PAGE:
Managing Legionella: achieving best practice
Stuart Lloyd, Senior Hydraulic Designer, Sinclair Knight Merz Pty Ltd (Jacobs SKM)
Stuart started by looking at the operating temperatures of a range of water systems that commonly exist within hospitals. As you may be aware, Legionella grows at 37 degrees, which means that a number of these systems can potentially harbour the bacteria. Warm Water Systems are particularly susceptible as they are within the ideal temperature range and rarely vary in temperature
He then referred to the different regulations in play throughout Australia including SA, NSW, and Queensland which mostly provide guidance on risk management strategies. In comparison, the regulation in the UK, HSE L8 (Health & Safety Executive), provides a mandatory code of compliance. The UK also has BSRIA which provides guidelines including the testing and cleaning of systems during installation and commissioning.
Stuart suggested that you should be able rely upon your water treatment service providers to provide:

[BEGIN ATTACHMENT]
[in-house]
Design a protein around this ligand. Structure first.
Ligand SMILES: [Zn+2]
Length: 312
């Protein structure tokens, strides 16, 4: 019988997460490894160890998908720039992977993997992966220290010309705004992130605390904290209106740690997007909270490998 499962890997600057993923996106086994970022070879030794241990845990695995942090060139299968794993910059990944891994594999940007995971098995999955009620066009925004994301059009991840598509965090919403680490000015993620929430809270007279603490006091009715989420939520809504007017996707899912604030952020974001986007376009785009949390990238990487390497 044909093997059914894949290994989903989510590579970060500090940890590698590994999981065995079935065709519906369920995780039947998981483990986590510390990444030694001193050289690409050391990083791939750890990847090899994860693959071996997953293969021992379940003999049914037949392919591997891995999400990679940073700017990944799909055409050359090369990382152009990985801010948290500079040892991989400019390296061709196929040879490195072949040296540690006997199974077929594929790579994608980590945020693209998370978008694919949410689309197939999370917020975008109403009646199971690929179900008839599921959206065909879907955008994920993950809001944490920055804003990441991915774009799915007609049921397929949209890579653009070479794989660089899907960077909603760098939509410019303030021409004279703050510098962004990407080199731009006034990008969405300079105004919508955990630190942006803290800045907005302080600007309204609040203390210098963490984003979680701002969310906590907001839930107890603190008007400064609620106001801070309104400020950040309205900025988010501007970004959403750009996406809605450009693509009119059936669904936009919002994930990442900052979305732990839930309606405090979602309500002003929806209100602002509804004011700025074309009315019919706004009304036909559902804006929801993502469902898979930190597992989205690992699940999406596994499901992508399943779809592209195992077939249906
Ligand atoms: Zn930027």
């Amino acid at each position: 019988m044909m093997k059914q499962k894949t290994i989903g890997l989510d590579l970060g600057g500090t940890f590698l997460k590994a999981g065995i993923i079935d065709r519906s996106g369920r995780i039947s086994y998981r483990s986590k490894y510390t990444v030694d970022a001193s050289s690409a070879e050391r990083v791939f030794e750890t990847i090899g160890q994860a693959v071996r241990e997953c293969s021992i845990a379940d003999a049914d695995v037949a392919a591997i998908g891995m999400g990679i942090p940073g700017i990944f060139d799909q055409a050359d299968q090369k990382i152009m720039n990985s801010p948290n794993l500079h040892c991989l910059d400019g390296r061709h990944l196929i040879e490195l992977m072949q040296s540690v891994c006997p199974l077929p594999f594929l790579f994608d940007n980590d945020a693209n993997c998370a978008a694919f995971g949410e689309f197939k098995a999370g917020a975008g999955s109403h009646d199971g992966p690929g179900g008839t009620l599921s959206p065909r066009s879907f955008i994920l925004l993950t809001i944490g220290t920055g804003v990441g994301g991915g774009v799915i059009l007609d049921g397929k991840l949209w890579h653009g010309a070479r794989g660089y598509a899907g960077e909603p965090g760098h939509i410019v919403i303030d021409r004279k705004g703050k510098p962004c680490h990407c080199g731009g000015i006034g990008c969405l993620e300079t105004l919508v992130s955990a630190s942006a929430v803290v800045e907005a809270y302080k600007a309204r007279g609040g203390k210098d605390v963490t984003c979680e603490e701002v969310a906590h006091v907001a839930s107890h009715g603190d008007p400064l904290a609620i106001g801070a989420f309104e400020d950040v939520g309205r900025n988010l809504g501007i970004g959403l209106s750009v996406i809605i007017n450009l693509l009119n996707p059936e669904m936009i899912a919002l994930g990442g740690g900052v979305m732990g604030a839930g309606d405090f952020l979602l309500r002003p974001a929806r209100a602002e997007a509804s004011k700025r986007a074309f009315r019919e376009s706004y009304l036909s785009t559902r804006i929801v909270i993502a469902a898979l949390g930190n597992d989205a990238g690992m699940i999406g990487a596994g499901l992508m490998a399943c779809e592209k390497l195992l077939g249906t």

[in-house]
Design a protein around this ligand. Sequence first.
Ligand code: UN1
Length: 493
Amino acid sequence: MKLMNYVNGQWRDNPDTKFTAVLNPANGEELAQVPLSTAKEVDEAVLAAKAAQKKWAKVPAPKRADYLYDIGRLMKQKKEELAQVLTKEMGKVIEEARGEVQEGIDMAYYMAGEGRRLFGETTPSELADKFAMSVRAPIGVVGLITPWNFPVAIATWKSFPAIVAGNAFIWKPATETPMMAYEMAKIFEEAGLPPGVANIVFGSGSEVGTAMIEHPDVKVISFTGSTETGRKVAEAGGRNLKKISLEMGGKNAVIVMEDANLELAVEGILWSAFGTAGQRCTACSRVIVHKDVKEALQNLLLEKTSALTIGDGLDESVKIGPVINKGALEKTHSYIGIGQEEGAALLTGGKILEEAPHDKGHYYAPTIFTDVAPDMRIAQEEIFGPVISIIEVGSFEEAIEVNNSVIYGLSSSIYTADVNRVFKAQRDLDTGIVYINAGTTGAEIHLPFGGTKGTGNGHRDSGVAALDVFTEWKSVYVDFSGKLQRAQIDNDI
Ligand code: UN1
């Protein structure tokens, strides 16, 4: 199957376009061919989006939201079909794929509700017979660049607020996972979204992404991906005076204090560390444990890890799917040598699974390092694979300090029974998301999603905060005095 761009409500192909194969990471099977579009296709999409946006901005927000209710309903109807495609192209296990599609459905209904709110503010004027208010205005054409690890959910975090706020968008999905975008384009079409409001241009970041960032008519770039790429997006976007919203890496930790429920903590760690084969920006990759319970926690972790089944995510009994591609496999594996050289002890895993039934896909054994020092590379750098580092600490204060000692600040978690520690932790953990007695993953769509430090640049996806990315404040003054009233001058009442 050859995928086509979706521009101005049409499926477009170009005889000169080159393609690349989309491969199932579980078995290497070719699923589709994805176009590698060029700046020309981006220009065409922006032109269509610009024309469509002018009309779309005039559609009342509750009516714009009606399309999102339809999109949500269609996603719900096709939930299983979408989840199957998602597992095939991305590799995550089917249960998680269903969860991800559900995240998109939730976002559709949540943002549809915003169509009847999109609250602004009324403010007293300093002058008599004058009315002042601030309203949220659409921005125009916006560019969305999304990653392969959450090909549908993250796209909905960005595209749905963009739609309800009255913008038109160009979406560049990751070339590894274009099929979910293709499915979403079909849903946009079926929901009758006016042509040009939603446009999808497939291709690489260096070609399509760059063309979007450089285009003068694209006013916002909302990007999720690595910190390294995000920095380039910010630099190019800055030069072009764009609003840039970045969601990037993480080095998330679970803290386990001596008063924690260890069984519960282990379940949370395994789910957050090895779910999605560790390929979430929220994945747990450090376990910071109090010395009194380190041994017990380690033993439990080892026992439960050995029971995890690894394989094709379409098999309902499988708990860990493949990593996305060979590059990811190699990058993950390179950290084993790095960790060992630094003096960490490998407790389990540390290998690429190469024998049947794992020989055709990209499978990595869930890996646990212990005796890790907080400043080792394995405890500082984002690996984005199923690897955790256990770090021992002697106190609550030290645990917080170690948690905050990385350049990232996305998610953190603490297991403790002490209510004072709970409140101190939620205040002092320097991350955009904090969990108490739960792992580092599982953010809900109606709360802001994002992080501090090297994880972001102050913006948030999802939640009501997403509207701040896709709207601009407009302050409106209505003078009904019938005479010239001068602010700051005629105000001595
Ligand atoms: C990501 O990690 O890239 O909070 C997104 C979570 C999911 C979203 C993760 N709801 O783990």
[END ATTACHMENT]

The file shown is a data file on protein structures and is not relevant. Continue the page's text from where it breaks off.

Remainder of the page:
- Advice – use their experience with similar situations to aid you in resolving any concerns or issues;
- Training – they will be able to train you and your people on the best way to manage the risks from an operational perspective; and
- Quality of service
All risk assessments should cover communications, testing, and disinfection of water systems
Stuart also provided examples of mains water tanks that had been poorly designed. When designing tanks, he advised, keep the following basics in mind:
- The header should be balanced so that all tanks maintain flow,
- The inlet an outlet should be diagonally opposed; and
- The tanks should be closed so they don’t gather dust and/or pests.
In Stuart’s experience, it is most important to keep hot water hot and cold water cold. This should assist in the overall goal of maintaining cleanliness.
Control of Legionella in potable water
Vyt Garnys, Managing Director & Principal Consulant, CETEC
Vyt has learned from his experience ranging from assisting with the response at the Melbourne Aquarium in 2000 through to the Wesley Hospital in 2013. In addition to assisting with the organisational response, Vyt has been involved with the development of state and federal guidelines.
Vyt advised that Legionella was far more ubiquitous than previously thought.